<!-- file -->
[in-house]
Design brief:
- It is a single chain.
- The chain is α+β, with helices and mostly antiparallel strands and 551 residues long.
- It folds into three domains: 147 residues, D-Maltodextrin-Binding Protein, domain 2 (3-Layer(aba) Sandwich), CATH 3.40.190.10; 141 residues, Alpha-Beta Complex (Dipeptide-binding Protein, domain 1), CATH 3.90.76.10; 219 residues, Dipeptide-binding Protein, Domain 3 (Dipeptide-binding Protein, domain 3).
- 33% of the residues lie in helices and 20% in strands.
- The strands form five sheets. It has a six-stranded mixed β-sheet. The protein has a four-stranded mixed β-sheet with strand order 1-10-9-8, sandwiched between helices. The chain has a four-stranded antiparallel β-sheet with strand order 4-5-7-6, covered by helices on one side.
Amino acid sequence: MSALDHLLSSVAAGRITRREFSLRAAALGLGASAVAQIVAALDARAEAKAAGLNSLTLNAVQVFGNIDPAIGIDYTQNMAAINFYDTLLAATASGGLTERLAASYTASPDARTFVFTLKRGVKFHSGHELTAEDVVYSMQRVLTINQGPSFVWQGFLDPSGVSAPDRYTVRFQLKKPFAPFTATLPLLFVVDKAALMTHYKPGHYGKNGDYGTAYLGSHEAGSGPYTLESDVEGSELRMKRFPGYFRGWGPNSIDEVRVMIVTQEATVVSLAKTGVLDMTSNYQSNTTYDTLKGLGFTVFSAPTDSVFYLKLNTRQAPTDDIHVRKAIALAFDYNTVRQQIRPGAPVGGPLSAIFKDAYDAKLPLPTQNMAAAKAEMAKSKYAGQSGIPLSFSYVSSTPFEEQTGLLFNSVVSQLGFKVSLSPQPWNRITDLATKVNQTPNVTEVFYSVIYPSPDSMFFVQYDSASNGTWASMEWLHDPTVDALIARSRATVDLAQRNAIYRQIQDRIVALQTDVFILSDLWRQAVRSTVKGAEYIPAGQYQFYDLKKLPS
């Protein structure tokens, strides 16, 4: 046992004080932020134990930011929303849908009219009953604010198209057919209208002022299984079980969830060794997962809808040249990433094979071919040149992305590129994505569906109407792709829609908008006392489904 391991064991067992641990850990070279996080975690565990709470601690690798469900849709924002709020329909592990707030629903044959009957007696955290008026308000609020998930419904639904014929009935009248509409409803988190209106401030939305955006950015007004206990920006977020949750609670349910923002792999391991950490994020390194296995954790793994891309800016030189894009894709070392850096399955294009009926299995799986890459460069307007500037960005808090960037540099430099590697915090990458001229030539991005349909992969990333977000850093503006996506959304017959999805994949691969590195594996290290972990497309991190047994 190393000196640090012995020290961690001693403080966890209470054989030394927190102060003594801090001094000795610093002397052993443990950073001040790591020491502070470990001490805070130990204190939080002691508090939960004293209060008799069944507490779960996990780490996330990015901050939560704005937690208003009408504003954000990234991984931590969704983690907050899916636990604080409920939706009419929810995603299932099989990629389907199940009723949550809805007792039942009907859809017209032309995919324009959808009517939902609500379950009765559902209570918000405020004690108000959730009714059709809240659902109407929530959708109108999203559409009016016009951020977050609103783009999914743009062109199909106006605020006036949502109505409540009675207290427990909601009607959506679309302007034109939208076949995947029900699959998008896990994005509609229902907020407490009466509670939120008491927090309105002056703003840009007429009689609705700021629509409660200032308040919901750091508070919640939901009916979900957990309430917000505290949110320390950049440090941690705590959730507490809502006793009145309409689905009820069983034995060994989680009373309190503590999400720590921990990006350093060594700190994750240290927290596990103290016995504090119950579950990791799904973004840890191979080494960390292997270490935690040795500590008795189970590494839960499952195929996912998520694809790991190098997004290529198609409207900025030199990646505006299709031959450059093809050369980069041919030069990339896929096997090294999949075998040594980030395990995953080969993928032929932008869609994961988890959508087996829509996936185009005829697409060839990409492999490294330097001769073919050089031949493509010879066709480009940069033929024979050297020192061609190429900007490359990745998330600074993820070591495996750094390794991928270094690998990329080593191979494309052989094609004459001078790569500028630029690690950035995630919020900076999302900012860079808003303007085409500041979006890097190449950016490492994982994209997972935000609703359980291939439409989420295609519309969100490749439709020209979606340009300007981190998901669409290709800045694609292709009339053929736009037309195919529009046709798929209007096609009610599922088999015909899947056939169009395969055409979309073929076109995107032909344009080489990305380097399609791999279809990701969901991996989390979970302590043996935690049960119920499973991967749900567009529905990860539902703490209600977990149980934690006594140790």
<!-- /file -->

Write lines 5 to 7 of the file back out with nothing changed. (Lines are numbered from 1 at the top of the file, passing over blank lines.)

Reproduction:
- It folds into three domains: 147 residues, D-Maltodextrin-Binding Protein, domain 2 (3-Layer(aba) Sandwich), CATH 3.40.190.10; 141 residues, Alpha-Beta Complex (Dipeptide-binding Protein, domain 1), CATH 3.90.76.10; 219 residues, Dipeptide-binding Protein, Domain 3 (Dipeptide-binding Protein, domain 3).
- 33% of the residues lie in helices and 20% in strands.
- The strands form five sheets. It has a six-stranded mixed β-sheet. The protein has a four-stranded mixed β-sheet with strand order 1-10-9-8, sandwiched between helices. The chain has a four-stranded antiparallel β-sheet with strand order 4-5-7-6, covered by helices on one side.